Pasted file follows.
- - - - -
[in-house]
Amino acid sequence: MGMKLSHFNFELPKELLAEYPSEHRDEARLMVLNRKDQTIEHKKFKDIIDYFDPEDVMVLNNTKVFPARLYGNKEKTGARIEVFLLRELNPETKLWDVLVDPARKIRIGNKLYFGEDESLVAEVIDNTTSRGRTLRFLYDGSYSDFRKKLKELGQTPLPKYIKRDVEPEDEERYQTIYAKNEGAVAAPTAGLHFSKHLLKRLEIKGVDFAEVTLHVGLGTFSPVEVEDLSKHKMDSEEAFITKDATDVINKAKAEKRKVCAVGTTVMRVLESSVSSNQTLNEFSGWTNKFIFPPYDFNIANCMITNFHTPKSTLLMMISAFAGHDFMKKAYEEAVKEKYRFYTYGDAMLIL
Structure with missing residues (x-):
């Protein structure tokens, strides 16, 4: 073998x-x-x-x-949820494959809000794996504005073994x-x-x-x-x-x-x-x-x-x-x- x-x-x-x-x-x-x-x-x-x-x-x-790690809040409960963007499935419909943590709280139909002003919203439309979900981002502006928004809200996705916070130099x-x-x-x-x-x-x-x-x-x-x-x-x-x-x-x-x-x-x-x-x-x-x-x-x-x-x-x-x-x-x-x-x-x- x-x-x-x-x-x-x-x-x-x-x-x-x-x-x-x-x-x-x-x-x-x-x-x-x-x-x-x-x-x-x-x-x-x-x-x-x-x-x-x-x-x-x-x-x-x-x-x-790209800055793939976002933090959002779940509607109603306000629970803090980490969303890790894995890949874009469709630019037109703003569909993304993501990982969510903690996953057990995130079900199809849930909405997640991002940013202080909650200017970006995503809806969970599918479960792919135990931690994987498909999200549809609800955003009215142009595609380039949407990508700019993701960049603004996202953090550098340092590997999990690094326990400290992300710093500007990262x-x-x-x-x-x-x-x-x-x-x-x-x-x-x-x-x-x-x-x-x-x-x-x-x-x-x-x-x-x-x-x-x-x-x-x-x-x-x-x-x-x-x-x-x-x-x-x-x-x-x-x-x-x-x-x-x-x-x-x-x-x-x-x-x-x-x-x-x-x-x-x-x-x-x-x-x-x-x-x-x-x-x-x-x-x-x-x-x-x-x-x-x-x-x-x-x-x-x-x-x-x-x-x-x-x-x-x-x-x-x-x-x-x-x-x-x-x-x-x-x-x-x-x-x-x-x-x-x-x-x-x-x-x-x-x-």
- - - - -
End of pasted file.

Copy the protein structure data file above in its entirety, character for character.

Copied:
[in-house]
Amino acid sequence: MGMKLSHFNFELPKELLAEYPSEHRDEARLMVLNRKDQTIEHKKFKDIIDYFDPEDVMVLNNTKVFPARLYGNKEKTGARIEVFLLRELNPETKLWDVLVDPARKIRIGNKLYFGEDESLVAEVIDNTTSRGRTLRFLYDGSYSDFRKKLKELGQTPLPKYIKRDVEPEDEERYQTIYAKNEGAVAAPTAGLHFSKHLLKRLEIKGVDFAEVTLHVGLGTFSPVEVEDLSKHKMDSEEAFITKDATDVINKAKAEKRKVCAVGTTVMRVLESSVSSNQTLNEFSGWTNKFIFPPYDFNIANCMITNFHTPKSTLLMMISAFAGHDFMKKAYEEAVKEKYRFYTYGDAMLIL
Structure with missing residues (x-):
């Protein structure tokens, strides 16, 4: 073998x-x-x-x-949820494959809000794996504005073994x-x-x-x-x-x-x-x-x-x-x- x-x-x-x-x-x-x-x-x-x-x-x-790690809040409960963007499935419909943590709280139909002003919203439309979900981002502006928004809200996705916070130099x-x-x-x-x-x-x-x-x-x-x-x-x-x-x-x-x-x-x-x-x-x-x-x-x-x-x-x-x-x-x-x-x-x- x-x-x-x-x-x-x-x-x-x-x-x-x-x-x-x-x-x-x-x-x-x-x-x-x-x-x-x-x-x-x-x-x-x-x-x-x-x-x-x-x-x-x-x-x-x-x-x-790209800055793939976002933090959002779940509607109603306000629970803090980490969303890790894995890949874009469709630019037109703003569909993304993501990982969510903690996953057990995130079900199809849930909405997640991002940013202080909650200017970006995503809806969970599918479960792919135990931690994987498909999200549809609800955003009215142009595609380039949407990508700019993701960049603004996202953090550098340092590997999990690094326990400290992300710093500007990262x-x-x-x-x-x-x-x-x-x-x-x-x-x-x-x-x-x-x-x-x-x-x-x-x-x-x-x-x-x-x-x-x-x-x-x-x-x-x-x-x-x-x-x-x-x-x-x-x-x-x-x-x-x-x-x-x-x-x-x-x-x-x-x-x-x-x-x-x-x-x-x-x-x-x-x-x-x-x-x-x-x-x-x-x-x-x-x-x-x-x-x-x-x-x-x-x-x-x-x-x-x-x-x-x-x-x-x-x-x-x-x-x-x-x-x-x-x-x-x-x-x-x-x-x-x-x-x-x-x-x-x-x-x-x-x-």